Eating disorders are complex conditions that are difficult to address, but it’s absolutely vital to do so. Sometimes that means recognizing ― and stepping up ― if a loved one is at risk or is currently dealing with one.
An estimated 30 million Americans live with an eating disorder, which is the most fatal mental health condition. There’s also a common misconception that the illnesses only affect young, thin women. Data actually shows nearly 10 million men in the United States will experience an eating disorder at some point in their lives. A recent survey also found more than half of young LGBTQ people have an eating disorder.
While some symptoms of an eating disorder may be more visible to the naked eye, many others are often hidden in plain sight.
“Often the signs of an eating disorder at first are very subtle or sometimes appear to be healthy in nature,” said Susan Albers, a licensed clinical psychologist at the Cleveland Clinic and author of Eating Mindfully for Teens: A Workbook to Help You Make Healthy Choices, End Emotional Eating, and Feel Great.
It’s important to know what to look for in those who might be at risk for an eating disorder. Below are a few subtle signs someone you love might be dealing with a condition and a few ways you can help, according to experts.
1. They’re constantly talking about dieting
The discussion around changing eating habits is incredibly pervasive. Look at any lifestyle magazine or website and you’ll likely find dieting tips and advice. However, an obsession with it is a different story. If someone you love is constantly ruminating over food or drastically yo-yoing with their dieting habits, it might be cause for concern.
“An eating disorder is not always obvious given that it is often a secretive disorder,” said Dena Cabrera, executive clinical director for Rosewood Centers for Eating Disorders. “Also, talk about diets, body image, and weight are often a common part of everyday conversation. Therefore it is a little more difficult to detect.”
2. They’re cutting out entire food groups
Eliminating foods from a diet isn’t always cause for alarm, especially when it’s prescribed by a doctor. But if there’s no apparent health, religious or moral reason behind the change, it might be a sign something more serious is at play, according to Albers.
3. Their fitness or eating habits are out of the ordinary
“Changes in mood or behaviors surrounding food or exercise can be signs of concern,” said Lauren Smolar, the director of programs at the National Eating Disorders Association.
This could mean a switch in activity level (like overexercising, for example), excessively counting calories, frequently visiting the bathroom after eating, fasting or binge eating. This also might come with a noticeable weight fluctuation, Smolar said.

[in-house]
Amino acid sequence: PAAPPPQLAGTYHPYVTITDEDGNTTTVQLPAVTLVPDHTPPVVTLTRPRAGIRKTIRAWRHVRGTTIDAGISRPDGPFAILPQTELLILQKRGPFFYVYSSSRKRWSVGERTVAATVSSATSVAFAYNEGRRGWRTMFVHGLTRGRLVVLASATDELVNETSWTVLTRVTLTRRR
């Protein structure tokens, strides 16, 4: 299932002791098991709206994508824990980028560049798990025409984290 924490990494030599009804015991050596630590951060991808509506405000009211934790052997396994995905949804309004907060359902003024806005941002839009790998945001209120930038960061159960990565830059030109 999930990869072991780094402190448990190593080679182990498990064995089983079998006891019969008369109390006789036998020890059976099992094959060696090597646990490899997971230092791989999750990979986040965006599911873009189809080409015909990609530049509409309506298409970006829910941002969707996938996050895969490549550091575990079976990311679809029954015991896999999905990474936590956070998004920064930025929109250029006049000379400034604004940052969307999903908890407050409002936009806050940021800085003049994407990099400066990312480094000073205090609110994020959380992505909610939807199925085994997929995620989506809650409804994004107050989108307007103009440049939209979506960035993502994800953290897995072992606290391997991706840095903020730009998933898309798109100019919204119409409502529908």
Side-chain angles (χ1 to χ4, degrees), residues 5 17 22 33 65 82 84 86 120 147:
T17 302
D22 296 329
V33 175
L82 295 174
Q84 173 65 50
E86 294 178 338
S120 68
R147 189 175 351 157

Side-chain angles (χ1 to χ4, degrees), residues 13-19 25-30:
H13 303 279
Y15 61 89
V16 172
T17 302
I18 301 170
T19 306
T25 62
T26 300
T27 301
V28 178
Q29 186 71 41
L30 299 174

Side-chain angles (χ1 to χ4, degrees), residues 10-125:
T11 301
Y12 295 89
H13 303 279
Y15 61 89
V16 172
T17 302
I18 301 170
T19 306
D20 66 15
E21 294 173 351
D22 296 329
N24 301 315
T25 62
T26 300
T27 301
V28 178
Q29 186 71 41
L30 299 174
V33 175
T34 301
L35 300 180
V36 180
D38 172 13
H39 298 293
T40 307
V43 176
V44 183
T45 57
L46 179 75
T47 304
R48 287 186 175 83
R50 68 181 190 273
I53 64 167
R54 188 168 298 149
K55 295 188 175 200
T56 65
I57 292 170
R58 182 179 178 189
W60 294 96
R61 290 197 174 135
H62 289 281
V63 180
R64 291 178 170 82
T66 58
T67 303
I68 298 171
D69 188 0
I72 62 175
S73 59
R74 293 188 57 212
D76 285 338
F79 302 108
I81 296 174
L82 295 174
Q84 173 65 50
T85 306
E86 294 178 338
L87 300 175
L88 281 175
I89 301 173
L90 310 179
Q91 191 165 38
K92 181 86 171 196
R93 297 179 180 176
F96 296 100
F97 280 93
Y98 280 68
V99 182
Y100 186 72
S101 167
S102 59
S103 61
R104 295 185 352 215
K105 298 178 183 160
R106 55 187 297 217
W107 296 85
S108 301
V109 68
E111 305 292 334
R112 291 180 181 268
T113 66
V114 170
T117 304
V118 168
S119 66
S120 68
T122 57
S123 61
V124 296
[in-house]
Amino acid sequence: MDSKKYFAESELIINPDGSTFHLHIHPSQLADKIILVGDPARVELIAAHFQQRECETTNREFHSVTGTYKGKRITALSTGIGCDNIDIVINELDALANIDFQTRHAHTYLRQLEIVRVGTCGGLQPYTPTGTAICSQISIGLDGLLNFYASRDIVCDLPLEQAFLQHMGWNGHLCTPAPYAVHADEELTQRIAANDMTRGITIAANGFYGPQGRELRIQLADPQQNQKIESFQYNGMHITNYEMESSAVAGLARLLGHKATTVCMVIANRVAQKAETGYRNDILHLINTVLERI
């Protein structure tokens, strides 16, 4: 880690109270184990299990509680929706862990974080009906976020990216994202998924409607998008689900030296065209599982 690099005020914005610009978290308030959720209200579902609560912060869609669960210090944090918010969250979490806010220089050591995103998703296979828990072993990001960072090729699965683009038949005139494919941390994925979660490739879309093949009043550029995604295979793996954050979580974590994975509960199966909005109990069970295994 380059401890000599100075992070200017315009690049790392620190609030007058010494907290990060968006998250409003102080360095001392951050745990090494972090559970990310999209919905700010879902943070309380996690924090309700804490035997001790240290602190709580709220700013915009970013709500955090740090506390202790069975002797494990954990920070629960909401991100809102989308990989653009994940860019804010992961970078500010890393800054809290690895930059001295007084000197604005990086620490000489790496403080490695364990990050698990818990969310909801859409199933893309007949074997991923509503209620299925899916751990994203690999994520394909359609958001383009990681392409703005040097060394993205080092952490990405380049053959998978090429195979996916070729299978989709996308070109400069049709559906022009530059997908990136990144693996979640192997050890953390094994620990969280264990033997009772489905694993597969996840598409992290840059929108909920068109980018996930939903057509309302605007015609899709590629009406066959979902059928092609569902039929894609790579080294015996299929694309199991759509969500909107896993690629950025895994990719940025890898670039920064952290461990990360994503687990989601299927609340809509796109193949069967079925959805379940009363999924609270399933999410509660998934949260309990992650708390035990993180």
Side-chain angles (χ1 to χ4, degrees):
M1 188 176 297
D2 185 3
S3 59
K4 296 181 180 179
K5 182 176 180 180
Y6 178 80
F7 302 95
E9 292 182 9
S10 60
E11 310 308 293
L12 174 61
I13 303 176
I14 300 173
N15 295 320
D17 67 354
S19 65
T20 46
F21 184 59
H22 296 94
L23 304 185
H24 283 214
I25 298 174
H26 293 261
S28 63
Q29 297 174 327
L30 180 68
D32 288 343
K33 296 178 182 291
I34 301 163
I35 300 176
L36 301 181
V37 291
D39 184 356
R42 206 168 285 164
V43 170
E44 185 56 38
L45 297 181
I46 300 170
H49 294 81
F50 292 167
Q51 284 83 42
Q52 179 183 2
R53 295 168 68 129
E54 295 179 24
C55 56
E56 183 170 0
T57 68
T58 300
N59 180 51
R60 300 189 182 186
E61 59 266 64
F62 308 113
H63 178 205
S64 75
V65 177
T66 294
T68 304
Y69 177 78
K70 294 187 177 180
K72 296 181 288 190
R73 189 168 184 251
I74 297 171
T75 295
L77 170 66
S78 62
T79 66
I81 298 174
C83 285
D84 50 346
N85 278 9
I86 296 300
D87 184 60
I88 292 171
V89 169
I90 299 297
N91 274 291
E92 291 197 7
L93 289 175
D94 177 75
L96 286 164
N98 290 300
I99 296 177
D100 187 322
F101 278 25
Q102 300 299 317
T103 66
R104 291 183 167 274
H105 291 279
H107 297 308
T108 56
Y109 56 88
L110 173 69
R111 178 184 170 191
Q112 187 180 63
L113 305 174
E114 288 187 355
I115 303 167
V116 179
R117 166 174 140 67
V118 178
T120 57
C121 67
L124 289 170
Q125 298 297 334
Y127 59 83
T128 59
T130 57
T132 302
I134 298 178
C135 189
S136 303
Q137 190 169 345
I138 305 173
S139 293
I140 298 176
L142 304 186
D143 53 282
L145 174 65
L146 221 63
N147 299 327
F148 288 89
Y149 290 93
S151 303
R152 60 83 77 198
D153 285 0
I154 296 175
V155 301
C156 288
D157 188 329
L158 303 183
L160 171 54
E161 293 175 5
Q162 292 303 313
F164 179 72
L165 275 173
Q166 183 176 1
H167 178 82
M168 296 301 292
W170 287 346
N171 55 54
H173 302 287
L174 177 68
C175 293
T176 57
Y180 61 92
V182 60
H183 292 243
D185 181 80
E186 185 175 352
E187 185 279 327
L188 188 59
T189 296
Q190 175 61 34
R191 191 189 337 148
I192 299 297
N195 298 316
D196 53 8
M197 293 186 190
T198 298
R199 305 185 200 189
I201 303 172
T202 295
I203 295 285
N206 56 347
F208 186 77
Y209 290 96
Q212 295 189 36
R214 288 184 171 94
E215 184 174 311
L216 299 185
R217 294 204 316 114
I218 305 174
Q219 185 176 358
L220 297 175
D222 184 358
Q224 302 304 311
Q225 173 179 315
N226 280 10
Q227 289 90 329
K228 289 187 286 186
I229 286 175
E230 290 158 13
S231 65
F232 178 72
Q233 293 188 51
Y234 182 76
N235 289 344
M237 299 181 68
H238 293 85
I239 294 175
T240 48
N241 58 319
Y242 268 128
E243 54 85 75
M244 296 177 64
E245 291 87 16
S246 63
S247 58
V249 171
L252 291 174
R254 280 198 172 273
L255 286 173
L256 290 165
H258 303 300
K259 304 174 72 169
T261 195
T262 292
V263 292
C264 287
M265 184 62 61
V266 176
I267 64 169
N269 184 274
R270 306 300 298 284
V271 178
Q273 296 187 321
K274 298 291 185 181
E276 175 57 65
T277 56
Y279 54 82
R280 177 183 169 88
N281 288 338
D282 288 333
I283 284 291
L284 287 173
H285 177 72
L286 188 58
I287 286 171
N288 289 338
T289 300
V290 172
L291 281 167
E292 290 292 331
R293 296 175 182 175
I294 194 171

Mood changes associated with eating may also be a red flag, Cabrera added. This could include expressing feelings of disgust, shame or guilt after eating, or a sense of perfectionism associated with eating and exercising.
4. Their physical appearance is shifting
There are other outward physical effects of eating disorders aside from weight changes. The conditions can cause nail brittleness, skin rashes, tooth erosion and hair thinning, according to Kristin Wilson, vice president of clinical outreach at the Newport Academy, a Connecticut-based center for teens experiencing mental health issues. A person living with an eating disorder might also bruise easily and get cold easily.
5. They’re taking laxatives somewhat often
Someone living with an eating disorder might overuse laxatives or diuretics, according to Cabrera, as a way to get rid of food that may have been consumed during a binge episode. Someone with disordered eating could also overuse diet pills, she added.
How To Help
The first step to getting someone help is addressing what’s going on. Don’t ignore any glaring signs that show someone is dealing with an eating disorder.
“It’s often tempting to look the other way, avoid it or assume that the person is on a diet,” Albers said. “You can make some gentle inquires such as, ‘I’ve noted that you’ve changed your eating habits, what’s prompted the change?'”
The best way to support someone who may be experiencing an eating disorder is by talking with them, but when and how you do it matters.
“It is important to find a time to have a conversation away from the normal routine and outside of a meal time,” said Bonnie Brennan, senior clinical director of the Eating Recovery Center in Denver. “Approach them with love and compassion, let them know that you care about them and that you notice that there is something they may be struggling with.”
And, most importantly, you should stress to anyone who might be dealing with an eating disorder that recovery isn’t just possible, it’s probable.
“It is never too early to seek care. You don’t have to wait until you need the hospital to get treatment, and it is never too late to seek care, even if you have been in your eating disorder for a long time,” Brennan said. “Recovery happens every day.”
Structured from Huffpost published content